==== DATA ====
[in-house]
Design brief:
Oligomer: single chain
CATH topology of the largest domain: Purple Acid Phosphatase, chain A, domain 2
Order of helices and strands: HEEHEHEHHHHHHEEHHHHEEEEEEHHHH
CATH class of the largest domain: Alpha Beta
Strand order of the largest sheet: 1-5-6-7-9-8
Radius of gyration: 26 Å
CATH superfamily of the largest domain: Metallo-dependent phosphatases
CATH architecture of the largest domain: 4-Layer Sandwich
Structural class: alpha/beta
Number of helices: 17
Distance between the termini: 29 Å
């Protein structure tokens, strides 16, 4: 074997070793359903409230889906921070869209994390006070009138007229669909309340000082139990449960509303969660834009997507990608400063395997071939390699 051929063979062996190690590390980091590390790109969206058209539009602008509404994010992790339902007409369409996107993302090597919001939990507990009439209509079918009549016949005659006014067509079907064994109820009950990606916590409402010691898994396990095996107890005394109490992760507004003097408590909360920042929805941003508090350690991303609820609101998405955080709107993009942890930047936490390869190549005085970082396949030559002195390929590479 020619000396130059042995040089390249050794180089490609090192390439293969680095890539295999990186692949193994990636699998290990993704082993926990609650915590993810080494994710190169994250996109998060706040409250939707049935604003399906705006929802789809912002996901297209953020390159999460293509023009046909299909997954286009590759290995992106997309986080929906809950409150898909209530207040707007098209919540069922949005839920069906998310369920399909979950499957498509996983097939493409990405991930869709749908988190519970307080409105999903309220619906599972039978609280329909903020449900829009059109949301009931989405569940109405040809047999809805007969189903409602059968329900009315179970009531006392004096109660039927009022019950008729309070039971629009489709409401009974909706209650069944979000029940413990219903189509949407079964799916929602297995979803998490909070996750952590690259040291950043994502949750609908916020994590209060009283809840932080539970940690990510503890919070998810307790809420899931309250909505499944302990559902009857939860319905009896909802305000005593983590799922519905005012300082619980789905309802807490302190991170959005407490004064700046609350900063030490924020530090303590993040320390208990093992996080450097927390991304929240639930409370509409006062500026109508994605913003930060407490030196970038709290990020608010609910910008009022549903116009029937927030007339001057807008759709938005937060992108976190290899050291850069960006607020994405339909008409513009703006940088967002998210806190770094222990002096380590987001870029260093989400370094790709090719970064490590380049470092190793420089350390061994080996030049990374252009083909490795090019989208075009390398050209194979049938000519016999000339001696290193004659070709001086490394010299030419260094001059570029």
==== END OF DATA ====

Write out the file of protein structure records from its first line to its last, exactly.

[in-house]
Design brief:
Oligomer: single chain
CATH topology of the largest domain: Purple Acid Phosphatase, chain A, domain 2
Order of helices and strands: HEEHEHEHHHHHHEEHHHHEEEEEEHHHH
CATH class of the largest domain: Alpha Beta
Strand order of the largest sheet: 1-5-6-7-9-8
Radius of gyration: 26 Å
CATH superfamily of the largest domain: Metallo-dependent phosphatases
CATH architecture of the largest domain: 4-Layer Sandwich
Structural class: alpha/beta
Number of helices: 17
Distance between the termini: 29 Å
């Protein structure tokens, strides 16, 4: 074997070793359903409230889906921070869209994390006070009138007229669909309340000082139990449960509303969660834009997507990608400063395997071939390699 051929063979062996190690590390980091590390790109969206058209539009602008509404994010992790339902007409369409996107993302090597919001939990507990009439209509079918009549016949005659006014067509079907064994109820009950990606916590409402010691898994396990095996107890005394109490992760507004003097408590909360920042929805941003508090350690991303609820609101998405955080709107993009942890930047936490390869190549005085970082396949030559002195390929590479 020619000396130059042995040089390249050794180089490609090192390439293969680095890539295999990186692949193994990636699998290990993704082993926990609650915590993810080494994710190169994250996109998060706040409250939707049935604003399906705006929802789809912002996901297209953020390159999460293509023009046909299909997954286009590759290995992106997309986080929906809950409150898909209530207040707007098209919540069922949005839920069906998310369920399909979950499957498509996983097939493409990405991930869709749908988190519970307080409105999903309220619906599972039978609280329909903020449900829009059109949301009931989405569940109405040809047999809805007969189903409602059968329900009315179970009531006392004096109660039927009022019950008729309070039971629009489709409401009974909706209650069944979000029940413990219903189509949407079964799916929602297995979803998490909070996750952590690259040291950043994502949750609908916020994590209060009283809840932080539970940690990510503890919070998810307790809420899931309250909505499944302990559902009857939860319905009896909802305000005593983590799922519905005012300082619980789905309802807490302190991170959005407490004064700046609350900063030490924020530090303590993040320390208990093992996080450097927390991304929240639930409370509409006062500026109508994605913003930060407490030196970038709290990020608010609910910008009022549903116009029937927030007339001057807008759709938005937060992108976190290899050291850069960006607020994405339909008409513009703006940088967002998210806190770094222990002096380590987001870029260093989400370094790709090719970064490590380049470092190793420089350390061994080996030049990374252009083909490795090019989208075009390398050209194979049938000519016999000339001696290193004659070709001086490394010299030419260094001059570029």